In yesterday’s post, I quilted my table runner so in this final blog post of the week, I want to share my 5 tips to create the best ever binding finish. This project, made with the beautiful Kayana Autumn Collection by Banyan Batiks is the perfect example of how you can play with the fabric in your binding to get the final touch just right in your table runner.
I usually make a binding by adding the strips at an angle so that it’s virtually impossible to determine where the binding process actually began. But I wanted it to be different for this piece as I had a beautiful corner block showing off a light fabric along with the main piece that changed color along the way. So I needed the binding to showcase the same changes.
TIP 1: Length of binding
Now for the record, I always cut my binding strips at 2¼” and fold in half so that I have a double layer binding to ensure longevity. For this project, I started by picking the fabrics and setting them beside the table runner in order to determine which should go where for a better visual impact.
Once I had determined which strip went where, I was able to see which needed to be joined at an angle and which needed to be joined in a straight line. Usually, I don’t recommend joining the strips end to end as the joining area will be bulkier. But the visual impact of adding a light fabric binding edge along the corner block area on this piece outweighed the bulkiness.
TIP 2: Joining strips at a 45° angle
I still joined all the other pieces at a 45° angle and sewed them to the table runner before making that corner. Here are the steps:
- Lay the two ends that are to be joined, with right sides together, at a 90° angle. I usually ensure that they overlap each other so that I can clearly see the corners.
- Sew corner to corner across. Look closely at the picture to ensure you’re sewing on the correct angle.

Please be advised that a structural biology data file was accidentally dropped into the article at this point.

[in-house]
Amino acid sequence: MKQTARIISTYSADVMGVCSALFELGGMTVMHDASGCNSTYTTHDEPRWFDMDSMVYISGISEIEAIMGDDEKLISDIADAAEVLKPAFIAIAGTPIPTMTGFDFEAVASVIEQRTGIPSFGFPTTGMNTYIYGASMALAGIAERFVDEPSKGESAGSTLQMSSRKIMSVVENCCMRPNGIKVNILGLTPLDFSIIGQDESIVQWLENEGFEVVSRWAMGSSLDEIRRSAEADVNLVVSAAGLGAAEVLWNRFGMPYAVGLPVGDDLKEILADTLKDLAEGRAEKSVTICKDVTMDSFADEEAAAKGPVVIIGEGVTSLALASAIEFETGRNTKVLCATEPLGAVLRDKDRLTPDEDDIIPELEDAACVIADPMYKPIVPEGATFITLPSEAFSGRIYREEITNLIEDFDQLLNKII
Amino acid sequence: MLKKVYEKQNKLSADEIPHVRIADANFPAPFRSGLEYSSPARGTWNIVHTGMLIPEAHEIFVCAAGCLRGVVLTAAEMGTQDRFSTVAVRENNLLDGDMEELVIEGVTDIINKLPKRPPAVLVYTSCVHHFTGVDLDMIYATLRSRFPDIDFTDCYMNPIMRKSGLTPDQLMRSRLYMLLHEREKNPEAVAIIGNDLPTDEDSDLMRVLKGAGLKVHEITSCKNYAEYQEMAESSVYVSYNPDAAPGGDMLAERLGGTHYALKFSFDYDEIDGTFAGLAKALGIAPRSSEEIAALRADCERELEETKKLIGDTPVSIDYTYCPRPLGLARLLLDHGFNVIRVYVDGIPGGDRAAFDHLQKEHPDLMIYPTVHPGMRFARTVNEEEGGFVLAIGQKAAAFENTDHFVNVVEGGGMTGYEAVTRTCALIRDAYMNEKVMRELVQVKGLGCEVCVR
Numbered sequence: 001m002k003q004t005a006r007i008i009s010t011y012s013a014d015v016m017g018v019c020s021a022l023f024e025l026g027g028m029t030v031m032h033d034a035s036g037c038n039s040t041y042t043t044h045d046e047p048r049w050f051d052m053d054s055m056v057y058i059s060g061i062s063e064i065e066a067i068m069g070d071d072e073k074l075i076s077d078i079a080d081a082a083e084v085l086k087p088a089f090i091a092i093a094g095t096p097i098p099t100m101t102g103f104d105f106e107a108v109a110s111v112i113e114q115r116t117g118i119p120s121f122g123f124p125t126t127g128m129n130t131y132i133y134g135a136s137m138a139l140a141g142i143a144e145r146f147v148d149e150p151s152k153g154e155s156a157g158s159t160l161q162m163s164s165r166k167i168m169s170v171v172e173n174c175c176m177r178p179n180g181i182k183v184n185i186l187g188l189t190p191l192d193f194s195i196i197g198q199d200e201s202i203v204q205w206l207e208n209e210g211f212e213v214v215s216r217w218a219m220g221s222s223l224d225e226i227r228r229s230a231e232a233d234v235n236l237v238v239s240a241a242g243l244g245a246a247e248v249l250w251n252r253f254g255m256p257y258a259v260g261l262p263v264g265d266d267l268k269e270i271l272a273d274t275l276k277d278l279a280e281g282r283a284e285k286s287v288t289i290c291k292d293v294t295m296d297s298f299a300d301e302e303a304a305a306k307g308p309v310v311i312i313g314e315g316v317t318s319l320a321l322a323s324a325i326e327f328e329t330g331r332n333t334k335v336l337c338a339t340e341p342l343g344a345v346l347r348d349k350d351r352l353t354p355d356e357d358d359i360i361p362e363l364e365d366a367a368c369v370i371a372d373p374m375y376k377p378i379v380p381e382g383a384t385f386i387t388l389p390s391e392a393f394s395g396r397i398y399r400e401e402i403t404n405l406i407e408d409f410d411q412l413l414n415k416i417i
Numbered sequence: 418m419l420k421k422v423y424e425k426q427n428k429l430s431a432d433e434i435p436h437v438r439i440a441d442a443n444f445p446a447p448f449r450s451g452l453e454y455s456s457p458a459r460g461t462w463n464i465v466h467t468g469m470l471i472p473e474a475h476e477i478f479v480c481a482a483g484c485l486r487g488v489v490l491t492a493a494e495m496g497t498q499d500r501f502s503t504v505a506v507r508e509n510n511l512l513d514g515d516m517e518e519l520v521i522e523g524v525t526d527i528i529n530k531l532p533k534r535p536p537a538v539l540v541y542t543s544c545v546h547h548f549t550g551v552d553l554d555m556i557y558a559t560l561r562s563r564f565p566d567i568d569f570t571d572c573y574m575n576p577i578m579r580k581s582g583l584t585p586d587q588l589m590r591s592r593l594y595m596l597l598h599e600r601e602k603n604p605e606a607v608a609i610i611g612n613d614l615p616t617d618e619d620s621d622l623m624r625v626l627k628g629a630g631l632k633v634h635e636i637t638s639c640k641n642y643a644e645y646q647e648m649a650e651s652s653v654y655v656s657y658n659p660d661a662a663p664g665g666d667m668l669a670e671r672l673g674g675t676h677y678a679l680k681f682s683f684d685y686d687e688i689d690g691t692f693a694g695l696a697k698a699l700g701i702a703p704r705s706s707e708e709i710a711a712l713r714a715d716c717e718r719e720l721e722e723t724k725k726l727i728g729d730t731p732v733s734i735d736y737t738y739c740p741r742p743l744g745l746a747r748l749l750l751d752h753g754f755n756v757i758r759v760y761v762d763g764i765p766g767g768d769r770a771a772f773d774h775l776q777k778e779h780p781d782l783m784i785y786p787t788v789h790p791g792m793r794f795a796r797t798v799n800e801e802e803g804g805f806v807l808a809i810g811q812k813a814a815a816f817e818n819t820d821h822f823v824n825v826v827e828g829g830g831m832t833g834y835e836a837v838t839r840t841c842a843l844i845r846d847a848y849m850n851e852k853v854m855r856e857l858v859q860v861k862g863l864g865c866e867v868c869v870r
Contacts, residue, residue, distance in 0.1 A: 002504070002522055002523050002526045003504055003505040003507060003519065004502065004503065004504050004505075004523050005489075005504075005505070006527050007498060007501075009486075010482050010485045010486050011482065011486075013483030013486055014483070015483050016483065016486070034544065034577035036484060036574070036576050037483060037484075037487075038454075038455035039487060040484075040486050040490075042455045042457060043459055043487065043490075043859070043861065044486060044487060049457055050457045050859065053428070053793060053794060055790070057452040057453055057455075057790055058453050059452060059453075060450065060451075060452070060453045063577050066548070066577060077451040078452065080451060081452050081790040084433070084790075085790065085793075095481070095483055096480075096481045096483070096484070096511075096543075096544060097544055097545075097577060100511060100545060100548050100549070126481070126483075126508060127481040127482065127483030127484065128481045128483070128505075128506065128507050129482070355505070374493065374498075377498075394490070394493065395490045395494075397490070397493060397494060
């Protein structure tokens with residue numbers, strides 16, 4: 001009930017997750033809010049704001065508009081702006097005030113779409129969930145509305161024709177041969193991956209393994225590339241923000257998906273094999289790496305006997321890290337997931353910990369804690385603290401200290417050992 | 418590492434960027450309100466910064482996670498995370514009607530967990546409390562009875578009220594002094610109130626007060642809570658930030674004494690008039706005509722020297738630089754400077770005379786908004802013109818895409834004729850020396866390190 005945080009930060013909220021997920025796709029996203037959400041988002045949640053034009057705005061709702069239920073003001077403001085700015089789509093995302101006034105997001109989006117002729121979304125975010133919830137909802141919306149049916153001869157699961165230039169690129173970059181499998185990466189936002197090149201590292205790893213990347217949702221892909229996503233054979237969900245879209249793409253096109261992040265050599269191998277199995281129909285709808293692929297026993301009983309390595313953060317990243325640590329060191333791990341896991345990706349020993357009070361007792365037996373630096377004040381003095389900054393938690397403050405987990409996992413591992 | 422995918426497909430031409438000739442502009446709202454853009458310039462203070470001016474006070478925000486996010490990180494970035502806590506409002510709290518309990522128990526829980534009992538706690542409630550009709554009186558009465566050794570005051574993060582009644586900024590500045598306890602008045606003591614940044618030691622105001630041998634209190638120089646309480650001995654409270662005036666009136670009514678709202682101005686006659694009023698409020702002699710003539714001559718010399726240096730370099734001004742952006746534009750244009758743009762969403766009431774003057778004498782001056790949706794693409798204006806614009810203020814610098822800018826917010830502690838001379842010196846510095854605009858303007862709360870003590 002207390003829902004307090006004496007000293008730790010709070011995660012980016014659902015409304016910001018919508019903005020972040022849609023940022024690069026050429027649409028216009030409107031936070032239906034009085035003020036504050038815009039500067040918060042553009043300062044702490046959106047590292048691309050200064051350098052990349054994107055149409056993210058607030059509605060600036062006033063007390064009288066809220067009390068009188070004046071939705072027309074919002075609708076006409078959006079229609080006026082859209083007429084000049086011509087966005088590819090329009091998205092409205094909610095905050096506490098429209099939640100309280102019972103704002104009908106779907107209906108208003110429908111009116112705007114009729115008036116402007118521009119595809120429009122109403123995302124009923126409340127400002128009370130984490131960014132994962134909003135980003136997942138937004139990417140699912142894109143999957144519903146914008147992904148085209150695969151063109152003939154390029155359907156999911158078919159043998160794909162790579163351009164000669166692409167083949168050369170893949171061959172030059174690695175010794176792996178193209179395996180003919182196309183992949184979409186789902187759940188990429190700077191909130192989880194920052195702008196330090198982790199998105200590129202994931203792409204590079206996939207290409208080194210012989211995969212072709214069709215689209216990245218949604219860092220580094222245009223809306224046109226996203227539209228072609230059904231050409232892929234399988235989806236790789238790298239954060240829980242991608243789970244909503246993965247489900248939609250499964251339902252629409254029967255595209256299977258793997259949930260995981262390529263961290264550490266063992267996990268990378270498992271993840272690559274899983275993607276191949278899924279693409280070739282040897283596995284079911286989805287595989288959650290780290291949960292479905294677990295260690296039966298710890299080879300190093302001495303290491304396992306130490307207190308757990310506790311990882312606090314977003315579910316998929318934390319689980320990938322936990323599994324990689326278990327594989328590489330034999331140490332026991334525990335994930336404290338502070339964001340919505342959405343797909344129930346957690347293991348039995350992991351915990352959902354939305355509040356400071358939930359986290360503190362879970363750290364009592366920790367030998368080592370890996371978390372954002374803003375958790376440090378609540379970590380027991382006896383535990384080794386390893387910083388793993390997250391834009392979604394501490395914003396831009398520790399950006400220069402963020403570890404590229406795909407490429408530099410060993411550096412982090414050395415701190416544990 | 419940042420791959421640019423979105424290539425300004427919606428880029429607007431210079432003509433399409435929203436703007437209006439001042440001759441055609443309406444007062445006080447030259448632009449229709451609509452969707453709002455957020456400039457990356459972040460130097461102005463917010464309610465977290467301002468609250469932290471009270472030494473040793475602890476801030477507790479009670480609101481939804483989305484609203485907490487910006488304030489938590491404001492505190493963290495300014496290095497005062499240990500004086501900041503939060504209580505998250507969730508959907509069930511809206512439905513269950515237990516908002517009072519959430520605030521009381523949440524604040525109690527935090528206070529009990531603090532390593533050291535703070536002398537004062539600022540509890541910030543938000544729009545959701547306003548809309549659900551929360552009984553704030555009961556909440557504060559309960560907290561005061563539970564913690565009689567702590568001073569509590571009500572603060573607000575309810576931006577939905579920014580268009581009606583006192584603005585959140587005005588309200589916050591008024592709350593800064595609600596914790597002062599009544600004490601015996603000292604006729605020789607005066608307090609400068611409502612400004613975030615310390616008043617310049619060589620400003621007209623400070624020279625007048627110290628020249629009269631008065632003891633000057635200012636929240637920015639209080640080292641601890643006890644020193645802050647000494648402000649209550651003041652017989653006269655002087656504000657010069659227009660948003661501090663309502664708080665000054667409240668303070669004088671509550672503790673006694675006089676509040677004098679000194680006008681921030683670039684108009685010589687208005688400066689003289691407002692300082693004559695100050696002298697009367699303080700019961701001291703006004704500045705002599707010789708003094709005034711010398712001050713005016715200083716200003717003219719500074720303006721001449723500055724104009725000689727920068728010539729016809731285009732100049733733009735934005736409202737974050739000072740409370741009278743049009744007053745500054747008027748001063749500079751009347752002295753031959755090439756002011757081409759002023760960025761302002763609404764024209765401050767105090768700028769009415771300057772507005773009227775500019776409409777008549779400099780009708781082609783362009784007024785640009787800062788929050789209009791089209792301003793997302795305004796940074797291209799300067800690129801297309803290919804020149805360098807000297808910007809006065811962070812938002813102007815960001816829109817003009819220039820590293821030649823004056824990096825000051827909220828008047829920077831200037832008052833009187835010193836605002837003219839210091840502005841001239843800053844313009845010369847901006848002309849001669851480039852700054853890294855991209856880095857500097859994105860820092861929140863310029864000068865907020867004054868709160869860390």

- Cut off the excess fabric, open the seams, and press with an iron.
Repeat to join all the binding strips, with the exception of the light colored binding. Fold the strip in half lengthwise and iron the fold.
Begin stitching on the top side of the table runner. Now you’ll want to sew the strip clockwise, so start about 6″ – 8″ from the edge of the light colored block and sew all the way until you reach 6″ – 8″ from the other edge of the light colored block.
TIP 3: Handling corners
Stop sewing at a ¼” from the actual corner, leaving the needle down in the table runner.
Rotate the table runner to sew out to the corner edge.
Take the loose end of your binding and fold away from the table runner, using the seam you just made sewing to the edge of the corner.
Take the long end of the binding once more and fold it back so that the raw edge of the binding lines up with the raw edge of the next section of the table runner.
Begin sewing from the corner edge.
TIP 4: Aligning binding to table runner
Align the binding to the side of the table runner and overlap the other binding edge.
I like to use the Omnigrid Marking Ruler to make this part. I set the center of the ruler on the seam of the block and I then mark the ¼” seam along each binding.
Ensure the mark is in excess on the right side (see picture below). Cut on the mark and sew binding edge to edge. Then sew the binding to the edge of the table runner.
TIP 5: Quick and easy finish
Here’s my final trick that I just love when I’m in a hurry to finish a project and really want a perfect binding finish.
I use ¼” HeatnBond Quilter’s Edge Iron-On Adhesive Tape on the edge of the back of the table runner and position the edge of the binding over the tape and iron to hold.
Position the binding as you want it to look once finished as the iron sets it to the tape and the back of the table runner. Then position the table runner top facing you and stitch in the ditch of the binding. This will be the final step to a perfect finish.
Hope these 5 tips will help you create your best ever binding finish. Hope you enjoyed this beautiful project using the Kayana Autumn Collection by Banyan Batiks. I think this is the best weekend project ever!
This is part 5 of 5 in this series.
Go back to part 4: The secret to modern quilting using the straight stitch
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